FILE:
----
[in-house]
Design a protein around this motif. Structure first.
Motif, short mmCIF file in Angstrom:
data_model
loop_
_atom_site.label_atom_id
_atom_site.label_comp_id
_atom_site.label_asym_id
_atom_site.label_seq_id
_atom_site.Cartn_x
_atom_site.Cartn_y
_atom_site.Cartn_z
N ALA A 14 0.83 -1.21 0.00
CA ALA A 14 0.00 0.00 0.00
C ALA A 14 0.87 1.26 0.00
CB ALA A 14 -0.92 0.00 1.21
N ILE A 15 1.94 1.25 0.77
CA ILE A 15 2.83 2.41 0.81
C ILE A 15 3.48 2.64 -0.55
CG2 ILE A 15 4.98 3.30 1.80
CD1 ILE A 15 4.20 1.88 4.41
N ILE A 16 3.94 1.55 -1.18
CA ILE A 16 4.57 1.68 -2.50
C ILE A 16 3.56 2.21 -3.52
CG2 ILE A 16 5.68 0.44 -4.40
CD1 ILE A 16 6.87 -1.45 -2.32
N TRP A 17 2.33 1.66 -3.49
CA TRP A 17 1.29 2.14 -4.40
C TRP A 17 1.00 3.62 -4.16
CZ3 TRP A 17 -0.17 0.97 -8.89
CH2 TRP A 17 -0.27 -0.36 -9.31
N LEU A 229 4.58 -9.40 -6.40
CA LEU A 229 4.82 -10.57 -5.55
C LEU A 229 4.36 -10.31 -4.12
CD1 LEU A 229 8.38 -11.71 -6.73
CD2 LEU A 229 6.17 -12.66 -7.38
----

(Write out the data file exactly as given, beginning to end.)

[in-house]
Design a protein around this motif. Structure first.
Motif, short mmCIF file in Angstrom:
data_model
loop_
_atom_site.label_atom_id
_atom_site.label_comp_id
_atom_site.label_asym_id
_atom_site.label_seq_id
_atom_site.Cartn_x
_atom_site.Cartn_y
_atom_site.Cartn_z
N ALA A 14 0.83 -1.21 0.00
CA ALA A 14 0.00 0.00 0.00
C ALA A 14 0.87 1.26 0.00
CB ALA A 14 -0.92 0.00 1.21
N ILE A 15 1.94 1.25 0.77
CA ILE A 15 2.83 2.41 0.81
C ILE A 15 3.48 2.64 -0.55
CG2 ILE A 15 4.98 3.30 1.80
CD1 ILE A 15 4.20 1.88 4.41
N ILE A 16 3.94 1.55 -1.18
CA ILE A 16 4.57 1.68 -2.50
C ILE A 16 3.56 2.21 -3.52
CG2 ILE A 16 5.68 0.44 -4.40
CD1 ILE A 16 6.87 -1.45 -2.32
N TRP A 17 2.33 1.66 -3.49
CA TRP A 17 1.29 2.14 -4.40
C TRP A 17 1.00 3.62 -4.16
CZ3 TRP A 17 -0.17 0.97 -8.89
CH2 TRP A 17 -0.27 -0.36 -9.31
N LEU A 229 4.58 -9.40 -6.40
CA LEU A 229 4.82 -10.57 -5.55
C LEU A 229 4.36 -10.31 -4.12
CD1 LEU A 229 8.38 -11.71 -6.73
CD2 LEU A 229 6.17 -12.66 -7.38